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2008 HSR&D National Meeting Abstract

National Meeting 2008

1080 — Identification of Latent Groups using Veterans’ Responses on the HIV Symptom Inventory

Kudel I (Cincinnati VAMC, University of Cincinnati), Tsevat J (Cincinnati VAMC, University of Cincinnati), Justice A (VA Connecticut Healthcare System)

The HIV Symptoms Index (HSI) is a 20-item symptom inventory that has been used in research and is being introduced into clinical care. It is unclear whether patients’ responses on this measure are highly individualistic or whether they can be categorized. In this study we tested whether a latent profile analyses can be used to extract distinct, latent subgroups using veterans’ responses on the HSI.

Veterans' ratings of their HIV symptoms were dichotomized as non-bothersome vs. bothersome, and then the sample was randomly split into an exploratory (N=1,311) and a validation group (N=1,339). We assessed whether the groups were similar (SPSS 14.0.1) and then performed latent profile analysis (LPA; Mplus 4.2). Model fit was based on 3 criteria: the Bayesian information criterion, the Lo-Mendell-Rubin likelihood ratio test of model fit, and the average posterior probability. We then examined whether groups differed with regard to CD4 counts and common comorbidities (those reported by at least 10% of the sample).

The exploratory and validation groups were similar with regard to age, race, CD4 count, and SF-12 mental and physical component summary scale scores (P=NS for all comparisons). LPAs on both groups indicated that a 4-class solution was optimal and yielded similar symptom profiles. Of the 4 classes, the optimal functioning class (exploratory sample=50.1%, validation sample=53.2%) reported the lowest proportion of bothersome HIV symptoms (0.0%-7.8%) and the multi-symptom class (exploratory sample=14.3%, validation group=11.1%) reported the highest proportion of bothersome symptoms (42.3%-87.3%). Two intermediate classes reported similar proportions on 17 of the symptoms (0.0%-44.9% and 5.1%-50.6%, respectively), but differed on items associated with depressed mood: a high-distress class (exploratory=11.4%, validation=11.9%) reported high levels of sadness (87.4%), nervousness (75.4%), and poor sleep (66.9%), whereas a low-distress class (exploratory=24.3%, validation=23.8%) reported almost no sadness (8.0%), no nervousness (0.0%), and half the prevalence of bothersome sleep problems (33.2%). Classes differed significantly by CD4 counts (F=114.18, df=3, p < 0.01) and number of self-reported comorbid conditions (F=5.21, df=3, p < 0.01).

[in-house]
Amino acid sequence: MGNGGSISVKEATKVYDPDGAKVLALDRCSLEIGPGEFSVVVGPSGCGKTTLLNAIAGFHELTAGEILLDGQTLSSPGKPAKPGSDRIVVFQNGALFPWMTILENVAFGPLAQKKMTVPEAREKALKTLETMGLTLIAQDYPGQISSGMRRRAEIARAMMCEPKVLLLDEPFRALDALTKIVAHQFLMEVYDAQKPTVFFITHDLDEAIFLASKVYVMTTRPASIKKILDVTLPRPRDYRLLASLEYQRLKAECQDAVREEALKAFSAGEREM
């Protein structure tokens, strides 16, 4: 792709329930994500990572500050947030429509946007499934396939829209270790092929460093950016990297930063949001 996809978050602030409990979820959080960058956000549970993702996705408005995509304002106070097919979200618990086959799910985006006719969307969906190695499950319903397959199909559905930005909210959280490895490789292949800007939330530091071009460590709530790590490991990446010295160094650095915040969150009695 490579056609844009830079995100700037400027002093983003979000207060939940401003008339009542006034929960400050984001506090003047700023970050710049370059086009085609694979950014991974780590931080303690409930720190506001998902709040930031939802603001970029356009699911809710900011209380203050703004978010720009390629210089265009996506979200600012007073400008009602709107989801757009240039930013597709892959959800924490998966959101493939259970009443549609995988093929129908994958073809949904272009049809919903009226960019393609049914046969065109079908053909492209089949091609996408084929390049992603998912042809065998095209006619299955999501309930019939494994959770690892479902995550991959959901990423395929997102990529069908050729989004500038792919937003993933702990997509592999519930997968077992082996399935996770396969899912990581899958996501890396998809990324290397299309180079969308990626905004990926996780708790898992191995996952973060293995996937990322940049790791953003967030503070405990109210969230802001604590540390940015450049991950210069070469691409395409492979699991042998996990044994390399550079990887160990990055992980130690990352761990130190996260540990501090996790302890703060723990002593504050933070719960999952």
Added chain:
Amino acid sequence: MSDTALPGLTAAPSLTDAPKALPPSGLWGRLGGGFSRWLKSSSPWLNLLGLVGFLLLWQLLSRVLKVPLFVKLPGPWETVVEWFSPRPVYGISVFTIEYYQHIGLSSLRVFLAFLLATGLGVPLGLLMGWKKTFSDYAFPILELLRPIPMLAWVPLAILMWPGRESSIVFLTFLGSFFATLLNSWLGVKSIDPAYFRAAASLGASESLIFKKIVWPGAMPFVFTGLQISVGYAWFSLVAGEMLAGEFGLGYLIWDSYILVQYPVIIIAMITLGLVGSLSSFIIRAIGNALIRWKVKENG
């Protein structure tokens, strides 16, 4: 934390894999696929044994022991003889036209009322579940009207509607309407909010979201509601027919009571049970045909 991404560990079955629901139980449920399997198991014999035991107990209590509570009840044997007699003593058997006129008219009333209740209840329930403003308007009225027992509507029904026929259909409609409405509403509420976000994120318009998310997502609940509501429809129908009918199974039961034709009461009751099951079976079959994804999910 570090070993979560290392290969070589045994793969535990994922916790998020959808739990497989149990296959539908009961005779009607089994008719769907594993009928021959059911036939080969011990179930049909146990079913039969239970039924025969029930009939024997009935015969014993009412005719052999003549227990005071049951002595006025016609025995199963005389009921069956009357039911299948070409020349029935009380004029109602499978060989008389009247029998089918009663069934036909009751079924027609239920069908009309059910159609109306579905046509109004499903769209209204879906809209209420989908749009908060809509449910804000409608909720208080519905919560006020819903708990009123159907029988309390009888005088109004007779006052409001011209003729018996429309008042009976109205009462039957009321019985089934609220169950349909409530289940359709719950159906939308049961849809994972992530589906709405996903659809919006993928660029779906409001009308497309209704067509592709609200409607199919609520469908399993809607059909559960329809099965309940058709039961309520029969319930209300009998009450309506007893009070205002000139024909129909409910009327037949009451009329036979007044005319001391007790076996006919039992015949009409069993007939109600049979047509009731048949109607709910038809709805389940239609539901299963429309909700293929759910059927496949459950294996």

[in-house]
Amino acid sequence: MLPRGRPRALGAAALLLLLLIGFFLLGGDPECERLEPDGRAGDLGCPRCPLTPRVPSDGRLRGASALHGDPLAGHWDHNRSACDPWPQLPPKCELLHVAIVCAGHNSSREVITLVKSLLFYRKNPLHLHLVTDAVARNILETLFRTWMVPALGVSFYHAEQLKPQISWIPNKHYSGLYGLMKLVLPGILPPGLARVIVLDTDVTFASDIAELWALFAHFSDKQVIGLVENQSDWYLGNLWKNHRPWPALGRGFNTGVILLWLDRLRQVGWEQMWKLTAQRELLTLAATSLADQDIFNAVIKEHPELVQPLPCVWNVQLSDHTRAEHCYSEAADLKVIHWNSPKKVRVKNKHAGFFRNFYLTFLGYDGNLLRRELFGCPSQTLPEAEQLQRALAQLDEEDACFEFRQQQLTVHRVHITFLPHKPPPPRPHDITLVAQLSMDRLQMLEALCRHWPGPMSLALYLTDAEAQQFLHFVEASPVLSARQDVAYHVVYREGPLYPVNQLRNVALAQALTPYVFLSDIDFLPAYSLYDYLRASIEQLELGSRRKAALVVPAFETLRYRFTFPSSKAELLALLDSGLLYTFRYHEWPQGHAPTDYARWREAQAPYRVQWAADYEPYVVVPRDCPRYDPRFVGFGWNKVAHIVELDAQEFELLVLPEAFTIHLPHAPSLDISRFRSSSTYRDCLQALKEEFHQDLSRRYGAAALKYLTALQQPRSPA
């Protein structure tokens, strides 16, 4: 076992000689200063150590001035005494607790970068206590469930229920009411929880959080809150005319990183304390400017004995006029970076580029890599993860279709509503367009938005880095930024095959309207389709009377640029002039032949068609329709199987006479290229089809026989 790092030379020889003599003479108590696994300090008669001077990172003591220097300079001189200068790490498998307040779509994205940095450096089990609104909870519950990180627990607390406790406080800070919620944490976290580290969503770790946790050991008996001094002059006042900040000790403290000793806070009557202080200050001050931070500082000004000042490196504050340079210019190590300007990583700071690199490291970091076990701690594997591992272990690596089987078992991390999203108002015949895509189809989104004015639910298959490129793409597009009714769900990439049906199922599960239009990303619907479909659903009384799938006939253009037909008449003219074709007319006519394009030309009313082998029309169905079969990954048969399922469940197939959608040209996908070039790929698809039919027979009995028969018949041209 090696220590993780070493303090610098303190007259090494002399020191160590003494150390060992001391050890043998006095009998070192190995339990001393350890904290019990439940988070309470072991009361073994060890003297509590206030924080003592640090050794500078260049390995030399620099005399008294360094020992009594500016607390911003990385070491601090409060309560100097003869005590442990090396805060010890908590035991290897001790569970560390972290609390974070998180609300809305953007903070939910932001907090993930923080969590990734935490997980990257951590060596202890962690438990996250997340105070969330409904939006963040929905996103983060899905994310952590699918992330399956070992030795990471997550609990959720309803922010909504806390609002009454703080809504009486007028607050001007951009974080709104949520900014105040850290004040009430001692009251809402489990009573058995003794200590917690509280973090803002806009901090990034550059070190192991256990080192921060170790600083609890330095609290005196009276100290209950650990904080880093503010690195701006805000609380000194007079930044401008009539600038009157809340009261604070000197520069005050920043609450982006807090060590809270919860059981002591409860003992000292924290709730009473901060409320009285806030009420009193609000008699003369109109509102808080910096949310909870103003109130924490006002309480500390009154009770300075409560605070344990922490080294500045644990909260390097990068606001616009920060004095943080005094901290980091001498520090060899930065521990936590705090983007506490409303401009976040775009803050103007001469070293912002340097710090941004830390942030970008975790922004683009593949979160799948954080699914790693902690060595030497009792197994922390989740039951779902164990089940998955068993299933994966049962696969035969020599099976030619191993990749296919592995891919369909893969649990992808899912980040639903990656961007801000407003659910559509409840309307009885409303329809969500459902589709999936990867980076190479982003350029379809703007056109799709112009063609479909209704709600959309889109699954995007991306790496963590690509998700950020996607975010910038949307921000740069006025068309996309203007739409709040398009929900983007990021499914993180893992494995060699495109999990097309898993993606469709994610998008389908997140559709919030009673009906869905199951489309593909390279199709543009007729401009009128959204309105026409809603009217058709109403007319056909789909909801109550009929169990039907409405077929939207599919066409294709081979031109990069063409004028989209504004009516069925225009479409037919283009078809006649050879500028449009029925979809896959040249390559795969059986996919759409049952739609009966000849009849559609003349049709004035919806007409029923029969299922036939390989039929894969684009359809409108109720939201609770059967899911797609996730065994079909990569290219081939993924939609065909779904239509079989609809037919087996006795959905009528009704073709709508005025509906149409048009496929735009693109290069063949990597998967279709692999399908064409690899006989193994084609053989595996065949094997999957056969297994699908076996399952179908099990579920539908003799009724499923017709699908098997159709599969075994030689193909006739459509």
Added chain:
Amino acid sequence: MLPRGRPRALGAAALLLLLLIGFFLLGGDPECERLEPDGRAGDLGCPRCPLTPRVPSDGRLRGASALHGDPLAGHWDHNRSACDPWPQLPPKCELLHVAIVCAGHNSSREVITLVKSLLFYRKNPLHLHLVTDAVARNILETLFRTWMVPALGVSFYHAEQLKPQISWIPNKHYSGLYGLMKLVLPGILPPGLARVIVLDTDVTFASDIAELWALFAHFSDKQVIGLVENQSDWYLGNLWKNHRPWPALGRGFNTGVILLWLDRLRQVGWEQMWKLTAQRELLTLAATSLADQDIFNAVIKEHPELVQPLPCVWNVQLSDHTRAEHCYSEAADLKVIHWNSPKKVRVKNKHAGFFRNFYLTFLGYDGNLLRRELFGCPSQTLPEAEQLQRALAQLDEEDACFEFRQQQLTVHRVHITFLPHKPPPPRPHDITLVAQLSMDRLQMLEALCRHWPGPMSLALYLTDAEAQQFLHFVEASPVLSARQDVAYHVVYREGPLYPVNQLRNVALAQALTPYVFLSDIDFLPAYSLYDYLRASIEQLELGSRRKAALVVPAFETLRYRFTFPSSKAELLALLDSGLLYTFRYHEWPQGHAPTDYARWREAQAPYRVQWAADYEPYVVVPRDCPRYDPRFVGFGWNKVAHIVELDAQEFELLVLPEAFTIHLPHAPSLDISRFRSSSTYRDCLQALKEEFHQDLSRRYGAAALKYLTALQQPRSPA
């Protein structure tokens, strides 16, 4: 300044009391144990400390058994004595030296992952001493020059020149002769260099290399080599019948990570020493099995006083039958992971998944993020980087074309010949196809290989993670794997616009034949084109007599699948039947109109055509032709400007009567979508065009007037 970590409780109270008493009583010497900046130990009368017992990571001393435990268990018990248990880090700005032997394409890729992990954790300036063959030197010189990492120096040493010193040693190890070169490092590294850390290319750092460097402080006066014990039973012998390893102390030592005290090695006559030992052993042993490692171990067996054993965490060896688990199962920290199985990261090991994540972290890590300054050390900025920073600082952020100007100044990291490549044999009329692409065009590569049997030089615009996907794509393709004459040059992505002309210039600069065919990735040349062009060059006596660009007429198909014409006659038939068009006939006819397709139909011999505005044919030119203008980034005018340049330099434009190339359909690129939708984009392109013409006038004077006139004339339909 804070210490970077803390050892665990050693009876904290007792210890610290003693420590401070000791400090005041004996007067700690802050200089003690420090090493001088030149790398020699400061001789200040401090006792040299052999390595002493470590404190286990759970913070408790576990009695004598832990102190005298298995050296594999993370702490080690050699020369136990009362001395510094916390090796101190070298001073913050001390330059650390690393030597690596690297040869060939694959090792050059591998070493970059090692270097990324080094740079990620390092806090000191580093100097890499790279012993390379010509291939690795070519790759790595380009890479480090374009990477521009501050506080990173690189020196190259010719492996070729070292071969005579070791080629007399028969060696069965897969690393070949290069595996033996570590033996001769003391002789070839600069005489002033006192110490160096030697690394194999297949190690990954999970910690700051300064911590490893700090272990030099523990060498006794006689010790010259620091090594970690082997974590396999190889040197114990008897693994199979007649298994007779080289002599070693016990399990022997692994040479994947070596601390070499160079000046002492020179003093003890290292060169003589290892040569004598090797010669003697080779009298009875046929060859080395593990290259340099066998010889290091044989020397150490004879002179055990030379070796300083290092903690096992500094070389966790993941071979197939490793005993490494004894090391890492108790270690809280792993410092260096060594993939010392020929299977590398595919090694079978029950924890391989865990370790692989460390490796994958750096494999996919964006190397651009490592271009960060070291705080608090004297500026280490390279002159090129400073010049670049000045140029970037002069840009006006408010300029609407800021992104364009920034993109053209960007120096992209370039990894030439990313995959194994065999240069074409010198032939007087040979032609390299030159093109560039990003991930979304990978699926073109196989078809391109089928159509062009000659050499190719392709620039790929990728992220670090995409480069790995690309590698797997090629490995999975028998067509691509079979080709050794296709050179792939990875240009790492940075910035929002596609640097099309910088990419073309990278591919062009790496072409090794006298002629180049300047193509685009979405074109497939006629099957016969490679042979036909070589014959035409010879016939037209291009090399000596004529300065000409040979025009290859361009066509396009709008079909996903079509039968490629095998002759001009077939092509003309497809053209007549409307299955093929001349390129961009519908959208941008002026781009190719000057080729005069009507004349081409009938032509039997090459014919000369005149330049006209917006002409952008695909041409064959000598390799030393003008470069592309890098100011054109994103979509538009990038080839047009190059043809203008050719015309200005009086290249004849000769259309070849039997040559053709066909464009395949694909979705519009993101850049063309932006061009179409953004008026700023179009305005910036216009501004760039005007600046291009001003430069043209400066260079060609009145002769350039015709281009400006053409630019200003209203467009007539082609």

Future research will determine whether these classification groups are associated with different clinical outcomes including mortality and quality of life.

Four distinct classes of symptom patterns in patients with HIV can be identified by using LPA.

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